Mediocremonas mediterraneus, a New Member within the Developea

Abstract

The Stramenopiles are a large and diverse group of eukaryotes that possess various lifestyles required to thrive in a broad array of environments. The stramenopiles branch with the alveolates, rhizarians, and telonemids, forming the supergroup TSAR. Here, we present a new genus and species of aquatic nanoflagellated stramenopile: Mediocremonas mediterraneus, a free‐swimming heterotrophic predator. M. mediterraneus cell bodies measure between 2.0‐4.0 μm in length and 1.2‐3.7 μm in width, possessing two flagella and an oval body morphology. The growth and grazing rate of M. mediterraneus in batch cultures ranges from 0.68 to 1.83 d‐1 and 1.99 to 5.38 bacteria h‐1, respectively. M. mediterraneus was found to be 93.9% phylogenetically similar with Developayella elegans and 94.7% with Develorapax marinus, two members within the class Developea. The phylogenetic position of the Developea and the ability of M. mediterraneus to remain in culture makes it a good candidate for further genomic studies that could help us to better understand phagotropy in marine systems as well as the transition from heterotrophy to phototrophy within the stramenopiles.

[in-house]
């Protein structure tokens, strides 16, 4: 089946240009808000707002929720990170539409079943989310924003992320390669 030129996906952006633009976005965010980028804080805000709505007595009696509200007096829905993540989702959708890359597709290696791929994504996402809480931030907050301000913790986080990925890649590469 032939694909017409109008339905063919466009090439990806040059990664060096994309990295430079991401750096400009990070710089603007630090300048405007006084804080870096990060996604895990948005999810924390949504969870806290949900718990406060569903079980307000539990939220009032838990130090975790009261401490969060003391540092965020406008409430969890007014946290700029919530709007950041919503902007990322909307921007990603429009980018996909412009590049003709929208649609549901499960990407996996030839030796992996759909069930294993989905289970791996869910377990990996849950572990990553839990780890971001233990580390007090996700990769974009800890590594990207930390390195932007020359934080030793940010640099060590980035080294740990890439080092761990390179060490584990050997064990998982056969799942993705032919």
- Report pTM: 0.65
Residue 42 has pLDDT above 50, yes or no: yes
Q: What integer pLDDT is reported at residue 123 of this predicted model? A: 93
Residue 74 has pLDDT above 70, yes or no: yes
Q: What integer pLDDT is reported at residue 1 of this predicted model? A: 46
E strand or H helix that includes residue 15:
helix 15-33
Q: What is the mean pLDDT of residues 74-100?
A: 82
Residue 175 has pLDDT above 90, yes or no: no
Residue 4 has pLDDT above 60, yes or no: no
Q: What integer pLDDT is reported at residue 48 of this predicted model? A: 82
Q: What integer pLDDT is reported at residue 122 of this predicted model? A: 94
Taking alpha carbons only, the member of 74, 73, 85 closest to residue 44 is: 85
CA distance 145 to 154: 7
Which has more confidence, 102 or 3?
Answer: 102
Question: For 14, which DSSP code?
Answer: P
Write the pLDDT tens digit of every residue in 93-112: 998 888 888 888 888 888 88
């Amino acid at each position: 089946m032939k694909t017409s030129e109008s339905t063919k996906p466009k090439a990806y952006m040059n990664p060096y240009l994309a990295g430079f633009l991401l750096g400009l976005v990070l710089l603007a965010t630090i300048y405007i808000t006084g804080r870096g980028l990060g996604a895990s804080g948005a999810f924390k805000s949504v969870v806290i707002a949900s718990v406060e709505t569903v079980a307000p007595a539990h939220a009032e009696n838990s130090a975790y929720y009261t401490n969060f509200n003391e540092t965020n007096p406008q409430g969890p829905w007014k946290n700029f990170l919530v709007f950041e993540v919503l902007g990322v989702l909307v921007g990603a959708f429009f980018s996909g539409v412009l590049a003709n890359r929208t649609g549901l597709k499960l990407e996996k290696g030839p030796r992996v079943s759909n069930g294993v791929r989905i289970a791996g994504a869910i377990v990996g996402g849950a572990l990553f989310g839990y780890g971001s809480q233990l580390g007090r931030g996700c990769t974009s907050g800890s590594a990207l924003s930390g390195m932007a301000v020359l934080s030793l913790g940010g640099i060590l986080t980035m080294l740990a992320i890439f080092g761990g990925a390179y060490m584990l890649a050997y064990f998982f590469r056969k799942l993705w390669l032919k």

Publication
The Journal of Eukaryotic Microbiology
Bradley Weiler
Bradley Weiler
PhD Student

My current research combination of molecular techniques (SSU rRNA amplicon sequencing), traditional culturing and microscopy, and imaging (fluorescence in-situ hybridization) will be used in an attempt to finally uncover the causative agents of various coral diseases.

Javier del Campo
Javier del Campo
Assistant Professor of Microbial Ecology and Evolution

My research aims at understanding the global diversity and distribution of eukaryotic and prokaryotic microbes employing curated phylogenetic frameworks focusing on novel environmental taxa.